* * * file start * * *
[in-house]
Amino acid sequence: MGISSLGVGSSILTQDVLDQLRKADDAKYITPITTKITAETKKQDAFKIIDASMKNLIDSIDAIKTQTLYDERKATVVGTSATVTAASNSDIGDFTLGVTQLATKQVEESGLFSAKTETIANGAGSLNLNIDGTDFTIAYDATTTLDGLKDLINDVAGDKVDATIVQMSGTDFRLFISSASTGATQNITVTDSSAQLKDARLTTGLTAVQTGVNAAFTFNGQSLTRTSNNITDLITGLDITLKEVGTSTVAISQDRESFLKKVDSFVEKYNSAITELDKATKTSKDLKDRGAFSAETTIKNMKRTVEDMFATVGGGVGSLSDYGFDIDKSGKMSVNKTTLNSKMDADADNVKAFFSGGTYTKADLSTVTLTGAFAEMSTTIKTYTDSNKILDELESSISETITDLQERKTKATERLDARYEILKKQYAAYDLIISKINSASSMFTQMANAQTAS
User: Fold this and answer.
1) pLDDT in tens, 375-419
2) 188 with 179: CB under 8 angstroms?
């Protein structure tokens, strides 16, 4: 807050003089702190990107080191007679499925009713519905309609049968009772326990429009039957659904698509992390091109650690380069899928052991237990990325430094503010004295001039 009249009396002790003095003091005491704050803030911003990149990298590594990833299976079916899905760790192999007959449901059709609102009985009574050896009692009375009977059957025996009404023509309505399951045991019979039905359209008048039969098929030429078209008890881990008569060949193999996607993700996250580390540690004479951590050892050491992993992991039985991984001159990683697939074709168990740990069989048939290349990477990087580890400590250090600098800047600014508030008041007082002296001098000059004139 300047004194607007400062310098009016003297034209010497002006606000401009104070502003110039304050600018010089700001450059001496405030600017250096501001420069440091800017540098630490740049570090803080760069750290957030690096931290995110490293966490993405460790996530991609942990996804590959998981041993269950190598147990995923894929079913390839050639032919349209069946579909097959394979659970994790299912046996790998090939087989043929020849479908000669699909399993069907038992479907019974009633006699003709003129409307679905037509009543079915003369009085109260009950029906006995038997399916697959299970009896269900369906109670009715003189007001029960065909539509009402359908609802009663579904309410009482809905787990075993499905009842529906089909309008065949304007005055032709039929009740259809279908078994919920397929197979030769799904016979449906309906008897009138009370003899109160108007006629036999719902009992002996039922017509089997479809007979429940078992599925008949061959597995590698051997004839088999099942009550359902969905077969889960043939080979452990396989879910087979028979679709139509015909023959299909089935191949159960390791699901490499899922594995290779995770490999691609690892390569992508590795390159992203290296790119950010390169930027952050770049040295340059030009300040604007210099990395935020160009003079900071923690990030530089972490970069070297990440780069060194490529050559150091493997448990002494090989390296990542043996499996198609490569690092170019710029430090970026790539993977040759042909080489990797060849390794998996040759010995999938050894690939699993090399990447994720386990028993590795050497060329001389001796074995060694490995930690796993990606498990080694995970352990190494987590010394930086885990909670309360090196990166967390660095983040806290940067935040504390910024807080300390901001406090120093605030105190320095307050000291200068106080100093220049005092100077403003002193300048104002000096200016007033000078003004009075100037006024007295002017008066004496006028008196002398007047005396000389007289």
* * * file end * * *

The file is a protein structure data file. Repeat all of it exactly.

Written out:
[in-house]
Amino acid sequence: MGISSLGVGSSILTQDVLDQLRKADDAKYITPITTKITAETKKQDAFKIIDASMKNLIDSIDAIKTQTLYDERKATVVGTSATVTAASNSDIGDFTLGVTQLATKQVEESGLFSAKTETIANGAGSLNLNIDGTDFTIAYDATTTLDGLKDLINDVAGDKVDATIVQMSGTDFRLFISSASTGATQNITVTDSSAQLKDARLTTGLTAVQTGVNAAFTFNGQSLTRTSNNITDLITGLDITLKEVGTSTVAISQDRESFLKKVDSFVEKYNSAITELDKATKTSKDLKDRGAFSAETTIKNMKRTVEDMFATVGGGVGSLSDYGFDIDKSGKMSVNKTTLNSKMDADADNVKAFFSGGTYTKADLSTVTLTGAFAEMSTTIKTYTDSNKILDELESSISETITDLQERKTKATERLDARYEILKKQYAAYDLIISKINSASSMFTQMANAQTAS
User: Fold this and answer.
1) pLDDT in tens, 375-419
2) 188 with 179: CB under 8 angstroms?
């Protein structure tokens, strides 16, 4: 807050003089702190990107080191007679499925009713519905309609049968009772326990429009039957659904698509992390091109650690380069899928052991237990990325430094503010004295001039 009249009396002790003095003091005491704050803030911003990149990298590594990833299976079916899905760790192999007959449901059709609102009985009574050896009692009375009977059957025996009404023509309505399951045991019979039905359209008048039969098929030429078209008890881990008569060949193999996607993700996250580390540690004479951590050892050491992993992991039985991984001159990683697939074709168990740990069989048939290349990477990087580890400590250090600098800047600014508030008041007082002296001098000059004139 300047004194607007400062310098009016003297034209010497002006606000401009104070502003110039304050600018010089700001450059001496405030600017250096501001420069440091800017540098630490740049570090803080760069750290957030690096931290995110490293966490993405460790996530991609942990996804590959998981041993269950190598147990995923894929079913390839050639032919349209069946579909097959394979659970994790299912046996790998090939087989043929020849479908000669699909399993069907038992479907019974009633006699003709003129409307679905037509009543079915003369009085109260009950029906006995038997399916697959299970009896269900369906109670009715003189007001029960065909539509009402359908609802009663579904309410009482809905787990075993499905009842529906089909309008065949304007005055032709039929009740259809279908078994919920397929197979030769799904016979449906309906008897009138009370003899109160108007006629036999719902009992002996039922017509089997479809007979429940078992599925008949061959597995590698051997004839088999099942009550359902969905077969889960043939080979452990396989879910087979028979679709139509015909023959299909089935191949159960390791699901490499899922594995290779995770490999691609690892390569992508590795390159992203290296790119950010390169930027952050770049040295340059030009300040604007210099990395935020160009003079900071923690990030530089972490970069070297990440780069060194490529050559150091493997448990002494090989390296990542043996499996198609490569690092170019710029430090970026790539993977040759042909080489990797060849390794998996040759010995999938050894690939699993090399990447994720386990028993590795050497060329001389001796074995060694490995930690796993990606498990080694995970352990190494987590010394930086885990909670309360090196990166967390660095983040806290940067935040504390910024807080300390901001406090120093605030105190320095307050000291200068106080100093220049005092100077403003002193300048104002000096200016007033000078003004009075100037006024007295002017008066004496006028008196002398007047005396000389007289």